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Five things learned: Packers' offense struggles without Aaron Rodgers

Without Aaron Rodgers, the offense is in trouble. But some bubble players made a case to stick around.

Five things we learned from the Green Bay Packers' 30-8 preseason loss to the Kansas City Chiefs:

1. No Aaron Rodgers, no offensive success

With Rodgers getting the night off, it was time for Vince Young and B.J. Coleman to show what they could do. Well, neither performed well in Kansas City. Not leading any touchdown drives and coming away with just six points, Green Bay's offense had no rhythm with Rodgers watching from the sideline. 

In six of the Packers' offensive possessions, they gained only a combined total of 16 yards. That was on 19 plays, resulting in a 0.84 yards-per-play average in those drives. That was the first, third, seventh, 10th, 12th and 14th series.

Young started the game and played the entire second half. He completed 14 of 30 passes for 144 yards with no touchdowns and no interceptions (61.0 passer rating). Young also fumbled twice, both times happening on a play in which offensive tackle Andrew Datko was beat.

Coleman wasn't on the field as much as Young, but the second-year quarterback finished just 2-of-7 passing for 19 yards. Coleman was also intercepted by former Packers linebacker Frank Zombo.

Rodgers ended up only playing five series and 45 plays this preseason. Green Bay's coaching staff obviously had enough confidence in the former NFL MVP that Rodgers didn't need a lot of action in order to be ready for the regular season.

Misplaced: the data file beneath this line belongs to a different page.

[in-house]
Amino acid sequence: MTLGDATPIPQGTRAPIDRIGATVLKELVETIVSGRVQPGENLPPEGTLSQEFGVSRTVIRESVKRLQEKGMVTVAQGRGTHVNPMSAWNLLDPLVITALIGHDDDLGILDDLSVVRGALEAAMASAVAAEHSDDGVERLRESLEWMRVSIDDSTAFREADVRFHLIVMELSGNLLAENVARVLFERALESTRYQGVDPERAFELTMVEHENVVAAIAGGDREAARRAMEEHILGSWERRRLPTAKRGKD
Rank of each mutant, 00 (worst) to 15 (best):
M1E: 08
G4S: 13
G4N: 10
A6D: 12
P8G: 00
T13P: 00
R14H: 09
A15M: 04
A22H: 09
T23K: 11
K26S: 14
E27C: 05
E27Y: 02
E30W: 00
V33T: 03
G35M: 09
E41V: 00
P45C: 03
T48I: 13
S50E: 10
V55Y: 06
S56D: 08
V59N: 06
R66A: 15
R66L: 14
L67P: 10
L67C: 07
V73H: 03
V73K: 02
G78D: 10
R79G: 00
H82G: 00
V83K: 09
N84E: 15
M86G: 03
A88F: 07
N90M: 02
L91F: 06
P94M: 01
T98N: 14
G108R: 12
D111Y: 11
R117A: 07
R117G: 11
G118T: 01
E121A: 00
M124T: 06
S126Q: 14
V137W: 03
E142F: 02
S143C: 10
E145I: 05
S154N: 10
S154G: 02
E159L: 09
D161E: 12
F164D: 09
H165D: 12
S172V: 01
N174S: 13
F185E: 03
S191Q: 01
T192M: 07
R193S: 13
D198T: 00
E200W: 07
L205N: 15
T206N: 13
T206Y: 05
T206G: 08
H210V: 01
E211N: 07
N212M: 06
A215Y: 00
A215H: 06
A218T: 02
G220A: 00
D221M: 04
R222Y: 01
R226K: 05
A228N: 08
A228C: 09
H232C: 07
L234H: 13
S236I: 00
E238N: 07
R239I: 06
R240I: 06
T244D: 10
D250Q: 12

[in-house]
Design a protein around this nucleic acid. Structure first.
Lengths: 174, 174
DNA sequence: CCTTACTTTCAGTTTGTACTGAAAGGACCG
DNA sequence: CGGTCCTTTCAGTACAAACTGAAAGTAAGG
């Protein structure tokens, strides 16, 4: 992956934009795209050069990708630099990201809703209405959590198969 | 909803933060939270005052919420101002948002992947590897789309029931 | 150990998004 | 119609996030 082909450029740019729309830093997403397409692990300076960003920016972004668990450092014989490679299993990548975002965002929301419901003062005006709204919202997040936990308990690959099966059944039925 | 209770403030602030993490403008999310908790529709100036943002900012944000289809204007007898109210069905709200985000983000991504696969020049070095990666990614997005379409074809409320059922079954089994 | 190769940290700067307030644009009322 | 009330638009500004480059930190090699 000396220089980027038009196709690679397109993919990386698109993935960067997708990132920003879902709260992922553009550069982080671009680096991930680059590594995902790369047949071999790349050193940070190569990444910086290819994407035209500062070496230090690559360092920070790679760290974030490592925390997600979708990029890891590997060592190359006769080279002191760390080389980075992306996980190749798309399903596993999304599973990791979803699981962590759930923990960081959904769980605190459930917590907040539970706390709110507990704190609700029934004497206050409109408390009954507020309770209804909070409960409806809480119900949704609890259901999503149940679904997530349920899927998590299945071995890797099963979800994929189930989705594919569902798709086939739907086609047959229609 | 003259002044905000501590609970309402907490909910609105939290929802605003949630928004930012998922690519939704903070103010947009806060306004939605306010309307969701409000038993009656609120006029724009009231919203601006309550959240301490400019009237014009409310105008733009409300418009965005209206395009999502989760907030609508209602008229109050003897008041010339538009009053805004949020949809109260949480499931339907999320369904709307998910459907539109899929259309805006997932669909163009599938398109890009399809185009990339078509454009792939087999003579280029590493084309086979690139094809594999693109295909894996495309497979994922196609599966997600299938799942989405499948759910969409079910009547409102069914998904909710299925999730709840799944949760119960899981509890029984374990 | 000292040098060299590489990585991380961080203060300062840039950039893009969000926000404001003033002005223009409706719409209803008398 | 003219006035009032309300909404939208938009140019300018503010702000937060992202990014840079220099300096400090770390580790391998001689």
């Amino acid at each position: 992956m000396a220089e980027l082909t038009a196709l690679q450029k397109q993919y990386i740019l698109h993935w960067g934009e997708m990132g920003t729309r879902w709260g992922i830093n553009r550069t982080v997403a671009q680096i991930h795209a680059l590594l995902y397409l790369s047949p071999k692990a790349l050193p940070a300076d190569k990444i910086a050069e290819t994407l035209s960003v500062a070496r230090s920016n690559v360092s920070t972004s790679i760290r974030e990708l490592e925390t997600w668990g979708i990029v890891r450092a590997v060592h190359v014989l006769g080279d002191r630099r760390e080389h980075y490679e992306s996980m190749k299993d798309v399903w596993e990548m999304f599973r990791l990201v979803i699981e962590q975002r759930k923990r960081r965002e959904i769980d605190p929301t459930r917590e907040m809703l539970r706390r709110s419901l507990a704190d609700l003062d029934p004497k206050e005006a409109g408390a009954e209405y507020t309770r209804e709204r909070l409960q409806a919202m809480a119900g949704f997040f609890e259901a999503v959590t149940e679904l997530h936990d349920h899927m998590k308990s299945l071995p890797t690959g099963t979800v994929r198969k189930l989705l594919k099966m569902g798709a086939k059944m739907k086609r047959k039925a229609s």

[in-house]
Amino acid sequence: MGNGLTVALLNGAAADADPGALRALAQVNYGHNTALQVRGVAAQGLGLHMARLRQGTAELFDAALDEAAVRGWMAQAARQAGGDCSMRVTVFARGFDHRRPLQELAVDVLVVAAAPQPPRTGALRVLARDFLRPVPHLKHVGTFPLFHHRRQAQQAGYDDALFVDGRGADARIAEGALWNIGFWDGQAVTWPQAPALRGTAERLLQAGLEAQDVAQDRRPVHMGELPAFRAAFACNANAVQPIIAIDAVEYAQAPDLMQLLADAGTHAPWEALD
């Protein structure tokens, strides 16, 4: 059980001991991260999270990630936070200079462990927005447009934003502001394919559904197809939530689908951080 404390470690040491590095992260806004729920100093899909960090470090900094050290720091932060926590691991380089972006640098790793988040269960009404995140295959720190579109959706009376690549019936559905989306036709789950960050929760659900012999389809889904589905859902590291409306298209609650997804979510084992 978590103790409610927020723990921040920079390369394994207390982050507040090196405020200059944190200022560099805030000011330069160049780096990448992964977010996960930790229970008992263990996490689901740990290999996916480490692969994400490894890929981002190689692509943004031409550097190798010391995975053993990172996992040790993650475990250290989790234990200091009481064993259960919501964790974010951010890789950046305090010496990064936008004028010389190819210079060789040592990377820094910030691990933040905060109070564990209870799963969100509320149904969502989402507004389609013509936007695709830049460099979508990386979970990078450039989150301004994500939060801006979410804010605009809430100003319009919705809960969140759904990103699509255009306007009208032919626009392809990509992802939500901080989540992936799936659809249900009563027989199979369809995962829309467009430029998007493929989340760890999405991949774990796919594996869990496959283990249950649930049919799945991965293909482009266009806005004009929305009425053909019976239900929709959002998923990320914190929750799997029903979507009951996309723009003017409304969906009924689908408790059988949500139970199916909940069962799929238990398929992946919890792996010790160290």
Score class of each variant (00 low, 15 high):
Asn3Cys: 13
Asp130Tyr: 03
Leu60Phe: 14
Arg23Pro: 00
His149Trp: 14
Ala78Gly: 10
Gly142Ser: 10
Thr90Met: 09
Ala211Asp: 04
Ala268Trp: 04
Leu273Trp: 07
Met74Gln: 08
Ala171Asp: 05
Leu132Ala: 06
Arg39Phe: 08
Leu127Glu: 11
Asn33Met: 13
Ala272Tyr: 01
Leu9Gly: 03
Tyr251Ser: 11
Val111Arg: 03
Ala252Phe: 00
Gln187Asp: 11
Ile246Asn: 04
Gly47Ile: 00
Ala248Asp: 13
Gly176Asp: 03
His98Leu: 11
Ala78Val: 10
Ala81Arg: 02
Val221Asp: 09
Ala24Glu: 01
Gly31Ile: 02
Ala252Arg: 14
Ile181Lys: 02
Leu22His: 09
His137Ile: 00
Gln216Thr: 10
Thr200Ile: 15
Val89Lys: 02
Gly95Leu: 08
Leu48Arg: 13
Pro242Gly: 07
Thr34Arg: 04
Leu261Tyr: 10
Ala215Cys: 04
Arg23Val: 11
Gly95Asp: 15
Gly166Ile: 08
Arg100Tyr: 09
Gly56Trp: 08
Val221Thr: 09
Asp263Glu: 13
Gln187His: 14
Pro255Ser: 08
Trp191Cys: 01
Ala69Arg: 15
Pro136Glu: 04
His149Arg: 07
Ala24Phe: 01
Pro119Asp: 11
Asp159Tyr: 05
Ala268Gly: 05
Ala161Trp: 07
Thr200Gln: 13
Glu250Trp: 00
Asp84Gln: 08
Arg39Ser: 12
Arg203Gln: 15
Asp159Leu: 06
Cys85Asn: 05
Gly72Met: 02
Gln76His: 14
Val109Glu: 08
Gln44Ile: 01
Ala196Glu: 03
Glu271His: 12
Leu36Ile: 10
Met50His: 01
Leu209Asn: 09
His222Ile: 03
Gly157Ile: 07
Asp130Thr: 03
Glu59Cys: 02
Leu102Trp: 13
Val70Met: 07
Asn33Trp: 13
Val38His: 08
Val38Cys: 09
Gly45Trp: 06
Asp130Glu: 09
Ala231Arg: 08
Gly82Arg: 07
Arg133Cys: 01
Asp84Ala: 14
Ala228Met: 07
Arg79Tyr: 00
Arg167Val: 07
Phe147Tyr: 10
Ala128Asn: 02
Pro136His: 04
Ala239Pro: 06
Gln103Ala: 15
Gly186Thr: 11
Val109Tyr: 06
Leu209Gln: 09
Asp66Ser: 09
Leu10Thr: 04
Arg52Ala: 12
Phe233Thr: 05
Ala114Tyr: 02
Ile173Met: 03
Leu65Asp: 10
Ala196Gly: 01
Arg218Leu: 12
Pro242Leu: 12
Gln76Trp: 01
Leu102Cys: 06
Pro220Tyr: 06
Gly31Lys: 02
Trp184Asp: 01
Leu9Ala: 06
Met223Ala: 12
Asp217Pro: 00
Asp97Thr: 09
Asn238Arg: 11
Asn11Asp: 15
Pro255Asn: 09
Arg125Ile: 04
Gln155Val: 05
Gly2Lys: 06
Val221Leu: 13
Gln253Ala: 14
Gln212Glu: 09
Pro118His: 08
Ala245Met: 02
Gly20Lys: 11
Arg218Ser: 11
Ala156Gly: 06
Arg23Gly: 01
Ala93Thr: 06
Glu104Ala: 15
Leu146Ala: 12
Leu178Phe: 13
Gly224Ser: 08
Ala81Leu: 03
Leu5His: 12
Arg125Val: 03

2. Jeremy Ross among bubble players who helped themselves

In a game in which Randall Cobb and Jordy Nelson played only two snaps, there were plenty of chances for the second-tier wide receivers to make plays. And it was Ross who stepped up the most. Ross led the team in receptions (3) and yards (50) and was also second in targets (6). He also had one kick return for 16 yards.

Ross was on the bubble heading into the preseason finale, and he is still likely at that uncomfortable spot. However, Ross may have won himself a job on the 53-man roster with his strong performance against the Chiefs.

Safety Chris Banjo also helped his cause to be the Packers' fourth safety with a sack, two quarterback hits and two tackles. He left the game temporarily with an injury but returned. Coach Mike McCarthy did not list any new injuries after the game, so Banjo -- as if his return to the field didn't make it obvious -- is medically fine.

Johnny Jolly likely finalized his improbable comeback bid to make Green Bay's roster with a batted pass at the line of scrimmage (his specialty), a sack and two quarterback hits. Jolly did commit a personal foul with a late hit to negate a 13-yard loss, but it didn't seem like he did much to warrant the flag.

Rookie outside linebacker Nate Palmer was the one whose sack was wiped out by Jolly's penalty, but he showed on that play why he might deserve a spot on the active roster.